Tis the season to be banging your head on the table and crying about financialisation

Yes, its the second to last week of the term, no I haven’t finished writing that essay or started writing the other one, no I haven’t done my Christmas shopping, yes I have thought about hiding in the shed and not coming out until I can see daffodils.

Also, I can’t make my photos from my phone BE ON THE COMPUTER. I know there is a Bluetooth thing that does a thing where the, you know, whatever, just magically makes it be on the computer but it won’t work. I made bread, but it emerged from the oven a steaming dateandwalnut-pocked turd rather than a loaf. So all in all, it’s not been a very productive week.

Nonetheless, I did have a lovely meeting with other Anthropology of Food students and we went to a totally rad coffee shop with a concrete floor and nice soya lattes (am I embarrassed? I’m not sure yet) where we stayed and were all studenty, talking about the reading from this week and being animated about Proust until my feet got too cold (concrete floors may look marvellous but they are not good for insulation or not smashing coffee cups when you drop your soya latte) and we dispersed into the rushing traffic of Bloomsbury, possibly clearer, or possibly even more mired in the all too much theory of long dead white men.

It seems to be normal to be experiencing some considerable twinges of doubt round about now – existential doubt as to whether there’s any point to anything, doubt regards doing a masters in Anthropology if it’s all exhuming the theories we know are not the way forward, doubts about there being too much theory, doubts about the british educational system, about exams and essays, doubts about it all being too late anyway…

Still, there is hope. We concluded that it was important to ‘know thy enemy’ and understand the old theory so we can learn what not to do and move on. There were happy stories about alternative agriculture that bore the mark of possibility and it’s only a year. And this week I particularly enjoyed the readings – about food, sense and memory. An article about how exiled Palestinians remember their stolen homeland (oofk contraversial!) through visits and collecting herbs and plants, particularly olives when they return; about how is has transformed from a real place to one that no longer exists in reality but lives on in memory, habit and even through their bodies. An article about Greek emigrants in the US who eat feta cheese and feel as if they eat with all those they have left behind and when they create and eat favourite meals from home, time compresses and the past, the present and even the future converge on one plate.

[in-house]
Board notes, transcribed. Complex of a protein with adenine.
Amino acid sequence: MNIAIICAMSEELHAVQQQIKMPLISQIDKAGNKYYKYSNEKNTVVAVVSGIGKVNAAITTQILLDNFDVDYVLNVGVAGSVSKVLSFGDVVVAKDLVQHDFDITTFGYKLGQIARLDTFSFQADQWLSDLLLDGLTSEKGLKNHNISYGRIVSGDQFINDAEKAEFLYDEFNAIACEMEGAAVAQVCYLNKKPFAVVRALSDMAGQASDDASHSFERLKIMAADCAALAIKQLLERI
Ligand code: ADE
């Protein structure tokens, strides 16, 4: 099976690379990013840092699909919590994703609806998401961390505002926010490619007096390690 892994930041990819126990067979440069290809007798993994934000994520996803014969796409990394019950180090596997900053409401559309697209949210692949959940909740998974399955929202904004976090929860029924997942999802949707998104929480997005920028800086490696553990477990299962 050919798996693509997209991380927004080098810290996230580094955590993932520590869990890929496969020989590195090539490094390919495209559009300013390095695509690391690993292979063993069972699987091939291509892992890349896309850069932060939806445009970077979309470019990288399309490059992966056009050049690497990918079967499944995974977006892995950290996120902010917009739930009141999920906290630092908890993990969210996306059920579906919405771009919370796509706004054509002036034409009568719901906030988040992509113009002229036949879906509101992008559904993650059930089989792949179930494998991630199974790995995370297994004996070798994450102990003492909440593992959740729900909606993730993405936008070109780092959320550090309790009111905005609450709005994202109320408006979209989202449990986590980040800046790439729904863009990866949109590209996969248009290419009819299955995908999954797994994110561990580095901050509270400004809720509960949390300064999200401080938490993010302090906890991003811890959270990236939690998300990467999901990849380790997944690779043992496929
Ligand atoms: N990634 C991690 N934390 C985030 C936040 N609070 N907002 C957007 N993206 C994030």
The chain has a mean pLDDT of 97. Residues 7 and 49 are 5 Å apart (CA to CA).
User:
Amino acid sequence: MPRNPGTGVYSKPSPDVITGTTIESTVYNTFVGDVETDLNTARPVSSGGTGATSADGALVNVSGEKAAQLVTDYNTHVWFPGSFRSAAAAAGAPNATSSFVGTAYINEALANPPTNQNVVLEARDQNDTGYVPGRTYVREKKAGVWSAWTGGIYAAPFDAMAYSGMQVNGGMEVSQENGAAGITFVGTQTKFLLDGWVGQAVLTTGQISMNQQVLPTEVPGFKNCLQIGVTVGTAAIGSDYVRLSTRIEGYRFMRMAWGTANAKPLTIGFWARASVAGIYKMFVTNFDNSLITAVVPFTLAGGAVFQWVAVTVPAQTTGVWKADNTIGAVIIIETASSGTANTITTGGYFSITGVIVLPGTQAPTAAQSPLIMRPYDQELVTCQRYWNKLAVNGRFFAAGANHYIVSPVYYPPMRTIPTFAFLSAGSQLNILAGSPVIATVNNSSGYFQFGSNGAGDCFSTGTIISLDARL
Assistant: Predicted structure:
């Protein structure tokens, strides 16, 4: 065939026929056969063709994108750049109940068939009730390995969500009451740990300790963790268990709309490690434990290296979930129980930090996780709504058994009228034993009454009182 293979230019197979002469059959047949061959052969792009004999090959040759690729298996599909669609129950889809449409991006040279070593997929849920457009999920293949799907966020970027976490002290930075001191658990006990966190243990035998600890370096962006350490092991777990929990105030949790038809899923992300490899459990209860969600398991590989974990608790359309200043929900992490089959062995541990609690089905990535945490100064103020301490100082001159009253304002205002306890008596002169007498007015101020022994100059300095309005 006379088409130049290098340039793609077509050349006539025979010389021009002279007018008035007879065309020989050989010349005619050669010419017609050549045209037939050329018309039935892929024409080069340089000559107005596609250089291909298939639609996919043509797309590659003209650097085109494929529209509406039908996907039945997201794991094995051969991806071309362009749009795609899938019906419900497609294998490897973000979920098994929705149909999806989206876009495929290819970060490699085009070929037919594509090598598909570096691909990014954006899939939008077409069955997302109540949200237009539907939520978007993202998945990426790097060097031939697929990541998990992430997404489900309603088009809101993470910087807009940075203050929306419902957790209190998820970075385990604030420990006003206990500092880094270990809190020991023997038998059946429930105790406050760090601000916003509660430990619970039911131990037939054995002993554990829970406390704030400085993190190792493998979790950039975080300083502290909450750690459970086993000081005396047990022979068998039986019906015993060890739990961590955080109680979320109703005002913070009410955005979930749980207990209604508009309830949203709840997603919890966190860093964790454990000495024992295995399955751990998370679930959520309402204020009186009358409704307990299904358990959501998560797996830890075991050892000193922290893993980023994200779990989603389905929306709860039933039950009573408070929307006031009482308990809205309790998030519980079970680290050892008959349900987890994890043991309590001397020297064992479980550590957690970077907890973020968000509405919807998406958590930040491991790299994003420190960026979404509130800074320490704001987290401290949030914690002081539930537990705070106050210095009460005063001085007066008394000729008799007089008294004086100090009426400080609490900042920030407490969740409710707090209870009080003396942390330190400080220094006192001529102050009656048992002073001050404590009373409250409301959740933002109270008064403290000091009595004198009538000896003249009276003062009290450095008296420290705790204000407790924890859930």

We have to hand in a ‘reading response’ every week, a reaction and collection of thoughts on the week’s readings. Naturally, I’ve totally failed to save most of mine, handed in a hand-scrawled bit of tripe that doesn’t exist in any other form but I thought I might try to post some of my previous ones, just as food for thought. Here is this week’s:

Food, memory and the senses

Every week I find myself drawn to discovering the dichotomies, to identifying the conflicts and divisions within the reading. This week was no different:

Framing our identity in terms of us/them, this food, our food/that food, their food

Experiences or smells and consumption as external/internal

Tensions and crossovers between national/local or local/global or global/national

Sensory experiences and understandings as Western and Modern/Arab or non-modern as aligned with visual/olfactory or multisensory

Differences and transitions between remembered/commemorated

Habitual, lived/explicit, performative

Divisions between ethnicities, social status, generations of exiled Palestinians as expressed and explored through food choices

However, this week I’ve gone totally crazy and tried to see how those divisions are crossed or how divided parties are reunited through some of the subjects explored in the readings. It seems possible that the experience of remembering with food is synaesthetic, encompasses many senses, using them indiscriminately to recreate a ‘whole’ rememberance, with one sensual experience crossing over into another. In eating feta, Greek emigrants outside of their homeland experience a sense of commensality as, across the sea and land, they eat the same cheese as if they eat with those they have left behind. They become ‘whole’ again having lost some part of themselves by leaving their homeland and its food. As the higher status groups in Belize consume lobster, considering it a status boosting delicacy, it seems they share the same meal with the lowest classes who choose to eat it as an affordable and readily available food stuff. In recreating food reminiscent of times gone by there seems to be a compression of time as past and present converge in the same meal. In the most extreme case, exiled Palestinians not only remember Palestine, keeping its image fresh with visits and websites, they must consume and even become Palestine ‘The homeland is not an orange, the homeland is us.’ It at once does not exist, it has become an abstract construction, a commemoration, and yet at the same time exists in their minds, in them.

Other thoughts –

Distance and threats, the need to leave the homeland or for it to be under threat in order to concretise and abstract/give importance to the idea of a national food.

Memory of Palestine as static – had they not been thrown out of Palestine the towns would have changed, they would be different now


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